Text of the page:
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2010 Dodge Challenger R/T Classic Review

2010 Dodge Challenger R/T Classic Review
Sep 24, 2010
2010 Dodge Challenger R/T Classic Review
by Michel Deslauriers , Auto123.com
It’s pretty ironic that in these troubled environmental times, we can still buy V8-engined, mega-horsepower cars that guzzle down fuel at a voracious rate. The current rebirth of the Pony Car, at least for Chevy and Dodge, sounds irrelevant when we’re trying to save the planet. But we’re buying them nonetheless.

Between the Challenger, the Mustang and the Camaro, the Challenger is the one that best reincarnates the Pony Car. (Photo: Matthieu Lambert/Auto123.com)

At least this small vehicle segment will remain small: we won’t witness comebacks of the Mercury Cougar, the AMC Javelin, the Plymouth Barracuda or the Pontiac Firebird.

Young adults that have owned and enjoyed Pony Cars in the early 70s are probably now retired. Those who have well-performing RRSPs and who are trying to artificially feel younger by getting themselves a Challenger, a Mustang or a Camaro would probably like one that will cause them flashbacks of 40 years ago, when leaded gas cost next to nothing, the word environment wasn’t in the dictionary and burning rubber was socially accepted and encouraged.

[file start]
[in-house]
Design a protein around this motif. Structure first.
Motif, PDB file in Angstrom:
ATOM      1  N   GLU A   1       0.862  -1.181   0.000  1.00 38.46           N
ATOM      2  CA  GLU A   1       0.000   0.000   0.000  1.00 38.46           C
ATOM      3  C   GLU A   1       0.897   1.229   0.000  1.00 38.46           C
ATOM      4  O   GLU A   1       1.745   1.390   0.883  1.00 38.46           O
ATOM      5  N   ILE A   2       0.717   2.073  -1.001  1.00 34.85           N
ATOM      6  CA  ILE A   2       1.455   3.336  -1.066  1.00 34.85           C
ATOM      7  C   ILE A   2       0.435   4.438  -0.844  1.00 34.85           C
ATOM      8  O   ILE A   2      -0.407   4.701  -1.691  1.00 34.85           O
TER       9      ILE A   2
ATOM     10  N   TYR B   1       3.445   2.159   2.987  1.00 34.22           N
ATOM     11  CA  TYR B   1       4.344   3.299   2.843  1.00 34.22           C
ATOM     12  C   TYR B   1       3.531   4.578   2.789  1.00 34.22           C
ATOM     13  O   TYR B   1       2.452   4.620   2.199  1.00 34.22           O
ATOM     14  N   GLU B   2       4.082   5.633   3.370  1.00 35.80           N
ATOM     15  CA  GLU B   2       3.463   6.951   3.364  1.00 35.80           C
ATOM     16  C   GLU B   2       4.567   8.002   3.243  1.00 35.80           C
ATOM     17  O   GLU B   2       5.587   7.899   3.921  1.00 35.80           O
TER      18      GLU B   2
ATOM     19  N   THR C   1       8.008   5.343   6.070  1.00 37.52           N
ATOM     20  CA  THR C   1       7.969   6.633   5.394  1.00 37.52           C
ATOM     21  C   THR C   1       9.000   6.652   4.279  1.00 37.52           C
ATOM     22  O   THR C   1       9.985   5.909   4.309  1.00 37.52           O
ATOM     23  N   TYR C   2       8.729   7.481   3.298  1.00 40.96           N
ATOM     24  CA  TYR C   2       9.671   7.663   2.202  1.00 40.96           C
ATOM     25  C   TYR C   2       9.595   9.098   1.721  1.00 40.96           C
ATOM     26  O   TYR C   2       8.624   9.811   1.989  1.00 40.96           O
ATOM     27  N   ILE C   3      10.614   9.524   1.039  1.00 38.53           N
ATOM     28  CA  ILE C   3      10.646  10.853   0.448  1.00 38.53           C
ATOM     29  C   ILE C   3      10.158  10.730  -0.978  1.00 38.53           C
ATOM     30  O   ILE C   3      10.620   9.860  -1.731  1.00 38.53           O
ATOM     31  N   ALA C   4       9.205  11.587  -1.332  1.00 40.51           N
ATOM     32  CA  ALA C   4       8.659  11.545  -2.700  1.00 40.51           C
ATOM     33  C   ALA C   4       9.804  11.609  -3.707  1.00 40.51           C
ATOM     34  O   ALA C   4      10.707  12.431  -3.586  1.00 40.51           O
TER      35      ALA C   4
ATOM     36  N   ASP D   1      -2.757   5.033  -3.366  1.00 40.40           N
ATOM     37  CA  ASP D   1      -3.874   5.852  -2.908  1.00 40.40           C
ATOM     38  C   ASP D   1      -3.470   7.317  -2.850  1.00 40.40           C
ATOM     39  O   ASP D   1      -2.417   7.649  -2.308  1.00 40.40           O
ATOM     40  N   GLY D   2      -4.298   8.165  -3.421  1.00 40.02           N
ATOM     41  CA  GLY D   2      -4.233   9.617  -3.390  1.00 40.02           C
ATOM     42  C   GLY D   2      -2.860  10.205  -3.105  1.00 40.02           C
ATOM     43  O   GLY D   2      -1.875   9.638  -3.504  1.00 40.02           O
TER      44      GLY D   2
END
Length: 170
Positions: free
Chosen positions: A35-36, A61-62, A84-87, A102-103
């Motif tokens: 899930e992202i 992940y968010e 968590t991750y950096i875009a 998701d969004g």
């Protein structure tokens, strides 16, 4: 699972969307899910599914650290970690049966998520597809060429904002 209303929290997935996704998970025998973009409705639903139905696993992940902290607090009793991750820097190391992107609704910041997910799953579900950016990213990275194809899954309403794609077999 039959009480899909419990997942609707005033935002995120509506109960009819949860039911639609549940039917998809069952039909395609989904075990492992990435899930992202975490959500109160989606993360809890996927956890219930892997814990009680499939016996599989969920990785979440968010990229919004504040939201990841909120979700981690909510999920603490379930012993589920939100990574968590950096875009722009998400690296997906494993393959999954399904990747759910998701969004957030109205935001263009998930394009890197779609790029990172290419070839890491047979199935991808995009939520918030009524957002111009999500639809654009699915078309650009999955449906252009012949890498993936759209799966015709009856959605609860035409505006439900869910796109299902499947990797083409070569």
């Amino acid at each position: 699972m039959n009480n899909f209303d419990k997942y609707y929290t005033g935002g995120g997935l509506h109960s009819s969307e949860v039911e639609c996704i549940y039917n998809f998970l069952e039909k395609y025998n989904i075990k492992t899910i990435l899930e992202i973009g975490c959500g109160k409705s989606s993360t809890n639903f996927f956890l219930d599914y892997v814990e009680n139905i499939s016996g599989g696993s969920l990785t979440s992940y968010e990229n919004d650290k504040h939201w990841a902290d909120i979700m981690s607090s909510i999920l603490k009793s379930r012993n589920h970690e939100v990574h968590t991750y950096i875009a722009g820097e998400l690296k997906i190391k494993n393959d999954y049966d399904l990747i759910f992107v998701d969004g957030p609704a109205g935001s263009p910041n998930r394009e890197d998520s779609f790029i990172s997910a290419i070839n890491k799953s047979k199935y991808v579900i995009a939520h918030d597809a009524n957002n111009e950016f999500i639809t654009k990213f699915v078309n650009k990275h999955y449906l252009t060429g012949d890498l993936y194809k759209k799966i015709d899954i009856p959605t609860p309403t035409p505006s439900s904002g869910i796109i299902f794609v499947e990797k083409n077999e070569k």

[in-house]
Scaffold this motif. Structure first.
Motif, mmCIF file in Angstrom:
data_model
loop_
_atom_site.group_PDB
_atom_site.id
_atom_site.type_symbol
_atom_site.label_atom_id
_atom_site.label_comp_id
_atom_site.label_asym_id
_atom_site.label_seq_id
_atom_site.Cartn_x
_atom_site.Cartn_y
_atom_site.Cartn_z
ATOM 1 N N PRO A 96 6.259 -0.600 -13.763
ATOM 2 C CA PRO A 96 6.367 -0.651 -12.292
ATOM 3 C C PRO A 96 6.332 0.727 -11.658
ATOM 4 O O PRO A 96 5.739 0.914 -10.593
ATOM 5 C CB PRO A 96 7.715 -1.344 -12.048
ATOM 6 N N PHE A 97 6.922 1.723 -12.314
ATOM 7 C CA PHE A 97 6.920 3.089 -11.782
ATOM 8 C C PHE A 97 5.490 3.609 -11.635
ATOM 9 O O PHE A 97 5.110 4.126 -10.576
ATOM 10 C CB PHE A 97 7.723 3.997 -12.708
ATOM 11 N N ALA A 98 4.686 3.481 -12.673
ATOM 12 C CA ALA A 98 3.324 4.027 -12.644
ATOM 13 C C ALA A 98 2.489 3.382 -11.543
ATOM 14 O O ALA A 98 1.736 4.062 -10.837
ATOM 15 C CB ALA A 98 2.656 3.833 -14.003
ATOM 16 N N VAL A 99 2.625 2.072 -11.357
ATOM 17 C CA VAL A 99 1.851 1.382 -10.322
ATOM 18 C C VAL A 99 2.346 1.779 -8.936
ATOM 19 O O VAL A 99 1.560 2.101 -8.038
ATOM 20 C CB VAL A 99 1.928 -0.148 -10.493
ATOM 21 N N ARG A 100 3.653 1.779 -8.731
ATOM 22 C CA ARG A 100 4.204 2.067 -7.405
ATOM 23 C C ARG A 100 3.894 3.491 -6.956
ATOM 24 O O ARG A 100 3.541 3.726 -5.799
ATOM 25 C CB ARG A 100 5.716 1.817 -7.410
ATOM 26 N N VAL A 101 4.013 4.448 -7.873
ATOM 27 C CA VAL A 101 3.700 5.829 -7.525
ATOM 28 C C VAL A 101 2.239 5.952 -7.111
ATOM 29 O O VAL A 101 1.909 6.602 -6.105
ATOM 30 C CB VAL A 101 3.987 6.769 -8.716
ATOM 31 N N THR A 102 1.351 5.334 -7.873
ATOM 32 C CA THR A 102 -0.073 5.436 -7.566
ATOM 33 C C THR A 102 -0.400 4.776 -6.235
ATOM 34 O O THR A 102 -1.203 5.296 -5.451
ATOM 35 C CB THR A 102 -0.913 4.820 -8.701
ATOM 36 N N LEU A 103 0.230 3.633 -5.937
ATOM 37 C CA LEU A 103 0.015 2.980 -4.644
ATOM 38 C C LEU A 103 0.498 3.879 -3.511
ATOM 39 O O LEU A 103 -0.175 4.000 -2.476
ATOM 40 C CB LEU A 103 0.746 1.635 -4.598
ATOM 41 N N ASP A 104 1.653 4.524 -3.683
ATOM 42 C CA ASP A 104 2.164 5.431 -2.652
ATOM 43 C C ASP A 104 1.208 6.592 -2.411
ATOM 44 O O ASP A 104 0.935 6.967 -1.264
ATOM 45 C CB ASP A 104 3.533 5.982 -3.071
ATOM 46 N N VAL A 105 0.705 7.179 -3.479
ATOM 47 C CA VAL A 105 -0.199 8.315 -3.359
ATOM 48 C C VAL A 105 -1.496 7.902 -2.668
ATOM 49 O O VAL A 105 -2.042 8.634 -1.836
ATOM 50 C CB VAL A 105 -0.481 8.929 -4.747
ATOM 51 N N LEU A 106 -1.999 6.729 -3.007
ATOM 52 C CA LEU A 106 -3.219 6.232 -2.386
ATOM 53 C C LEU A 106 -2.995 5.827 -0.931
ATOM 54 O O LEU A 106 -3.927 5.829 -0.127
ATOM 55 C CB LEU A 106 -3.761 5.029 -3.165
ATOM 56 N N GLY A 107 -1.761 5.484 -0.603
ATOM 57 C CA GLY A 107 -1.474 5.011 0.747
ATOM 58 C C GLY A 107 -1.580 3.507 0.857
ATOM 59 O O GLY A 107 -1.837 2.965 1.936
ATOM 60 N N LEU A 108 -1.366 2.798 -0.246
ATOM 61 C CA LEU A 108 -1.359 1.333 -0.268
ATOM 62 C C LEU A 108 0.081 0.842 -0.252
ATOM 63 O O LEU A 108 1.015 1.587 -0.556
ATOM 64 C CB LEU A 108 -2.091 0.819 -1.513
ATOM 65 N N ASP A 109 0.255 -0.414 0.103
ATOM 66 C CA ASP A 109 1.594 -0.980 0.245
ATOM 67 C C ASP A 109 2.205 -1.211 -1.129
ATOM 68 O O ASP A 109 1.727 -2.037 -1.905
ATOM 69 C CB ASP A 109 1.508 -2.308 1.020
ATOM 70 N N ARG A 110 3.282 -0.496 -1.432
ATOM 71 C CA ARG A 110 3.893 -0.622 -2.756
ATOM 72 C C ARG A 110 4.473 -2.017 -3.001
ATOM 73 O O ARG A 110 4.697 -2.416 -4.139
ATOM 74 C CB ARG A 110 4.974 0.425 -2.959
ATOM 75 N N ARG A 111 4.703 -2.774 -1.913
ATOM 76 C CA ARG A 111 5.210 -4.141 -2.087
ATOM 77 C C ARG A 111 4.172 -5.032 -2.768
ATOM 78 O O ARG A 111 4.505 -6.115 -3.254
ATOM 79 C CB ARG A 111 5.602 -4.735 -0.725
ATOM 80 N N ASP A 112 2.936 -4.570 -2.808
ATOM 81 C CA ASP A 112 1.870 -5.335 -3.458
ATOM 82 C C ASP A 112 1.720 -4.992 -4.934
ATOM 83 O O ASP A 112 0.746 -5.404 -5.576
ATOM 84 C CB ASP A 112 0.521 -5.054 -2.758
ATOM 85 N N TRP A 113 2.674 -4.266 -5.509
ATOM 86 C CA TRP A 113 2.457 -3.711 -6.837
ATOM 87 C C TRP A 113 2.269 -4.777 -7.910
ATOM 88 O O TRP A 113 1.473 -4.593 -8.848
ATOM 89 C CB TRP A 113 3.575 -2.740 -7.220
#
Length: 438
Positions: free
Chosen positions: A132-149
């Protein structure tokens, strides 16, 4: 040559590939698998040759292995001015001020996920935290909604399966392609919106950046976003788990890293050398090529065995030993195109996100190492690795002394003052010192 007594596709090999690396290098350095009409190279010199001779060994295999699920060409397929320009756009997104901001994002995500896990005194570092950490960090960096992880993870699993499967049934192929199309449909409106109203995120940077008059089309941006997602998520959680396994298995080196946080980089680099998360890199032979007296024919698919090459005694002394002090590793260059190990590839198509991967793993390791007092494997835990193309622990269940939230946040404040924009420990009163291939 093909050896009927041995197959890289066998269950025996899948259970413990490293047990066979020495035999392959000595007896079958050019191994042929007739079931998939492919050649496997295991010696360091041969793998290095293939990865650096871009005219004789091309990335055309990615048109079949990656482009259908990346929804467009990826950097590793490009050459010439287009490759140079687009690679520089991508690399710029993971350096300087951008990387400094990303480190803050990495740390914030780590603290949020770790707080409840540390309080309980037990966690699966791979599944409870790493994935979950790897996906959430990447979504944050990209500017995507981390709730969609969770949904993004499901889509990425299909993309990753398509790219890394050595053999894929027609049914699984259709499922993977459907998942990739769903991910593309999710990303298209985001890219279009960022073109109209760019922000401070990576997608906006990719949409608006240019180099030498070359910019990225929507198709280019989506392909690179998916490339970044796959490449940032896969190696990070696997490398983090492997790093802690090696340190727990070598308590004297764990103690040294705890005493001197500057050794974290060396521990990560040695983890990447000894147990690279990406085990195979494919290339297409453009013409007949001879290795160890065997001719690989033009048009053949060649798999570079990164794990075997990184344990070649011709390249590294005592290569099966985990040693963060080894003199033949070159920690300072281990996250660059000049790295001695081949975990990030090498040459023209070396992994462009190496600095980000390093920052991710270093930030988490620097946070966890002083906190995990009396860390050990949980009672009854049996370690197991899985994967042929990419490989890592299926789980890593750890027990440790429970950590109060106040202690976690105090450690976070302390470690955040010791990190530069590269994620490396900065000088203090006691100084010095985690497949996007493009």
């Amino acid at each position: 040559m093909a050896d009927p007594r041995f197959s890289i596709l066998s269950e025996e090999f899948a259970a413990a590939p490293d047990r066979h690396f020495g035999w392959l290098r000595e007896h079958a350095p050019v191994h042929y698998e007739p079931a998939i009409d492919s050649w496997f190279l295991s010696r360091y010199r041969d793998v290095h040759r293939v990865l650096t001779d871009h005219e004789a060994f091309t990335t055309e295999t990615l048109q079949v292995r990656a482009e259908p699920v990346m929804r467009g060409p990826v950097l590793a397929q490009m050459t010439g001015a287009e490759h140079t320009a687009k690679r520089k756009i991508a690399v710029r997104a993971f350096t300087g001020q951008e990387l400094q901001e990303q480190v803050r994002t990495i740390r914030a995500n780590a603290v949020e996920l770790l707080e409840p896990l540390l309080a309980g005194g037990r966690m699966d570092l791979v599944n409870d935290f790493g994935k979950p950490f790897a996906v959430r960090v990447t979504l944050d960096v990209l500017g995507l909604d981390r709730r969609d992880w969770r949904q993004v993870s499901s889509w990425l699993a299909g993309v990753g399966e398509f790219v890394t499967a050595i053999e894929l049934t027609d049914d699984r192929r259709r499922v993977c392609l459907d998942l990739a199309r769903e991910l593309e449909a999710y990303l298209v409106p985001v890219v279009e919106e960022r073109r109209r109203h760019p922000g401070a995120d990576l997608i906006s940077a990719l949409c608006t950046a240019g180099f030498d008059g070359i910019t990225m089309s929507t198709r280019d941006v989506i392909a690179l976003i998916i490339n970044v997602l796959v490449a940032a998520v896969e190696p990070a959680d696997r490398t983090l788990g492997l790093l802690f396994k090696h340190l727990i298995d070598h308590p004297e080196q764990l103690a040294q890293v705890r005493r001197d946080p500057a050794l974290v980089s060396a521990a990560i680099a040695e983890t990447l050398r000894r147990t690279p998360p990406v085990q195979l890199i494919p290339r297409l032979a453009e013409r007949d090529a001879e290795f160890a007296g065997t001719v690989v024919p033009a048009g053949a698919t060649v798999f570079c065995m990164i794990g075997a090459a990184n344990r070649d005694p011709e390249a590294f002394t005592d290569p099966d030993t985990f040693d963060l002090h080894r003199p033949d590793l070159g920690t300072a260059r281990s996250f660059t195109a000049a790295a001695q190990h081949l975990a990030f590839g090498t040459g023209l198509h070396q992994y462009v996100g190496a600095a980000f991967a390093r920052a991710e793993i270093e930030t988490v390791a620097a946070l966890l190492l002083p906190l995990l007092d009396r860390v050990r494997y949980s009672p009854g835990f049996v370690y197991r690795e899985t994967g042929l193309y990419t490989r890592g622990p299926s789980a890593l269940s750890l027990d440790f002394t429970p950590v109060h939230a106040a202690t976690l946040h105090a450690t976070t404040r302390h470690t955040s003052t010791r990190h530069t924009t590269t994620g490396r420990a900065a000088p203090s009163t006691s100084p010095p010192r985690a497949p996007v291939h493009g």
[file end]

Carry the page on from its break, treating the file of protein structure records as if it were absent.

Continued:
But out of the three, the Dodge is third in sales. And yet the Challenger is the one that best reincarnates the Pony Car.

The new Challenger looks very much like the original that was introduced for the 1970 model year. But it casts a slightly bigger shadow, being longer and higher while riding on a longer wheelbase. It shares its architecture with the Dodge Charger and the Chrysler 300, as well as the now-defunct Dodge Magnum.

Despite being on the market for two years now, it still gets its share of looks. It’s got a more imposing presence than its Ford and Chevy rivals, and Chrysler is keeping the product fresh by continuously offering wild colours and decorative striping packages.

Our R/T Classic test car includes vintage script Challenger badges on its flanks, although the badge in the front grille is still the capital-letter italic style, so a little confusion here but nothing worth writing hate-mail to Chrysler about. The Classic package also includes magnificent 20-inch heritage alloy wheels with real chrome plating, not chromed plastic covers like we usually see today on other vehicles.

The Classic package includes magnificent 20-inch heritage alloy wheels with real chrome plating, not chromed plastic covers. (Photo: Matthieu Lambert/Auto123.com)
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